At nearly the same time another FCC commissioner, Mignon Clyburn, said the agency should take a “fresh look and evaluate our policy in light of the many developments that have occurred over the last four years.” While the language is mild the mere fact these disagreements are now being aired from within ranks speaks volumes.

And then there were three: “I have grave concerns about the chairman’s proposal on Internet regulation and do not believe that it should be considered at the commission’s May meeting,” said FCC Commissioner Ajit Pai in a short statement. He urged the commission to spend its time during the May meeting focusing on the upcoming spectrum auction.

Why Should I Worry?

If your brand is a smaller one, or a startup, there is the prospect of being unable to meet the financial standard set by the giants in your field. A fledgling company in video communications would be on a far more uneven playing field should larger firms with deep pockets — Skype or OoVoo, for instance — be able to pay for priority bandwidth. Since most of the Internet giants of today were originally tiny startups, it is easy to see how important innovation and an open Internet have already proved to be.

The Daily Beast offers us a hypothetical young entrepreneur a few years in the future. As he develops a video startup he runs up against the barriers set before him by Wheeler’s plans becoming law:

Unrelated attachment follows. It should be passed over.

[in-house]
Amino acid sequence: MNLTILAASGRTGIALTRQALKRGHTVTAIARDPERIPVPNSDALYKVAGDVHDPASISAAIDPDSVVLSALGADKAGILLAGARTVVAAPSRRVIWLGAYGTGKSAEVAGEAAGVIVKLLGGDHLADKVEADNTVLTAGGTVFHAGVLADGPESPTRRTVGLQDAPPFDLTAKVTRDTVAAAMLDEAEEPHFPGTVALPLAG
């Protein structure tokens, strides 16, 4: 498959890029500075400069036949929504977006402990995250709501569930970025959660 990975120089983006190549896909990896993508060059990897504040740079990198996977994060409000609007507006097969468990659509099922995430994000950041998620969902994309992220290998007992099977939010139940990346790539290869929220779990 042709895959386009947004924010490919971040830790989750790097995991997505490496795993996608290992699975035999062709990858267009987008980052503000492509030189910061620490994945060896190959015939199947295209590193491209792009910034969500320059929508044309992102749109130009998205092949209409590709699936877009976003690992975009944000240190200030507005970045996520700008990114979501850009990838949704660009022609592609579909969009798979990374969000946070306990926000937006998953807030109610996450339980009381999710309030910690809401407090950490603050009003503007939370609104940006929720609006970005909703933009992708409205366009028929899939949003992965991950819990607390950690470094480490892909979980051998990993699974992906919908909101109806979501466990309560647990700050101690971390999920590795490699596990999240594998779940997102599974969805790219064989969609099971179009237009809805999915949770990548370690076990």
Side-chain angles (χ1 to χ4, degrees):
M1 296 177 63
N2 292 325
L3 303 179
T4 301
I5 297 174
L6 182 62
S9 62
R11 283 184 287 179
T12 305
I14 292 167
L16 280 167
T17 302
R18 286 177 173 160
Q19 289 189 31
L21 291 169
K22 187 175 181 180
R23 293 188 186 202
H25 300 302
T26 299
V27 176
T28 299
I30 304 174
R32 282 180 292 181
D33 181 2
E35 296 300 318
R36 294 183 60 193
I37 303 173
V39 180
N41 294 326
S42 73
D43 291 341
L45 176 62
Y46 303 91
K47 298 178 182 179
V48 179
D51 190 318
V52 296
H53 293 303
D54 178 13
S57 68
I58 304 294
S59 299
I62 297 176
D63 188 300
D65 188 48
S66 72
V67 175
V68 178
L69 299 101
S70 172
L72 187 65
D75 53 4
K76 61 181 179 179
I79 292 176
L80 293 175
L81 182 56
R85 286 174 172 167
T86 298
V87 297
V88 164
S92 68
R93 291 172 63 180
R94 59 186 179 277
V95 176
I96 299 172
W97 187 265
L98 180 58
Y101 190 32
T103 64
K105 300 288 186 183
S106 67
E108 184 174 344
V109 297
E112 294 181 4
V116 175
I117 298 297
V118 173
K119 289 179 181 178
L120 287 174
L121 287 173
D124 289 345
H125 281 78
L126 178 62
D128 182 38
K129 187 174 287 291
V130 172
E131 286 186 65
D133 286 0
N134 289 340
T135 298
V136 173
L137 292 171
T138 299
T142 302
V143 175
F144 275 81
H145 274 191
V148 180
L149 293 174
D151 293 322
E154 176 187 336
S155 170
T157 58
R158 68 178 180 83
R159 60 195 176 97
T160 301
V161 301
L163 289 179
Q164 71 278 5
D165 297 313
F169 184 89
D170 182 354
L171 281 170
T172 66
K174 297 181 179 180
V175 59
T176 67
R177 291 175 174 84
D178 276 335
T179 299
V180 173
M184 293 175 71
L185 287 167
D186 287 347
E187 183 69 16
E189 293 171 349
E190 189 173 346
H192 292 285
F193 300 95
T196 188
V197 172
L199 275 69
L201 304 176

There’s just one problem: after months of design and testing — and a bit of angel funding from contacts he met along the way — the young man learns that to deliver his product to customers at fast speeds, and compete with the ‘big boys,’ the multi-billion dollar firms already in his field, he’ll have to pay Comcast or Verizon an exorbitant fee. His video service uses a lot of bandwidth, and, years before, in 2014, the Federal Communications Commission began allowing cable companies to charge startups like his more for the bandwidth they use. The cable companies call it a ‘fast lane,’ but in reality it’s a barrier to entry that the kid’s fledgling company just can’t afford.

If you’re reading this and you represent a large brand there are still issues to worry about. The addition of tolls on the transfer of data will have a serious impact on ROI and profitability.

So, as we wait for the May 15 to arrive, the firestorm of criticism for Wheeler’s proposals continues to grow. No matter whether your concern is an iconic and established one or the new startup on the block, it will make things much harder on all Internet users.

Wordle of John Kerry’s Letter on Net Neutrality by Kevin.

About George Williams

George “Loki” Williams is the community and brand manager for award wining game company Savage Mojo, Ltd. and the owner of SocialGumbo, LLC, an online consultancy specializing in Web content and online communications. Loki has produced content for clients including the Open Society Institute, National Association of Broadcasters, Kobold Press, and Kaiser Permanente. His work has been seen or written about in The New York Times, The BBC, Air America, The Gambit Weekly, and NOLA.com, among others.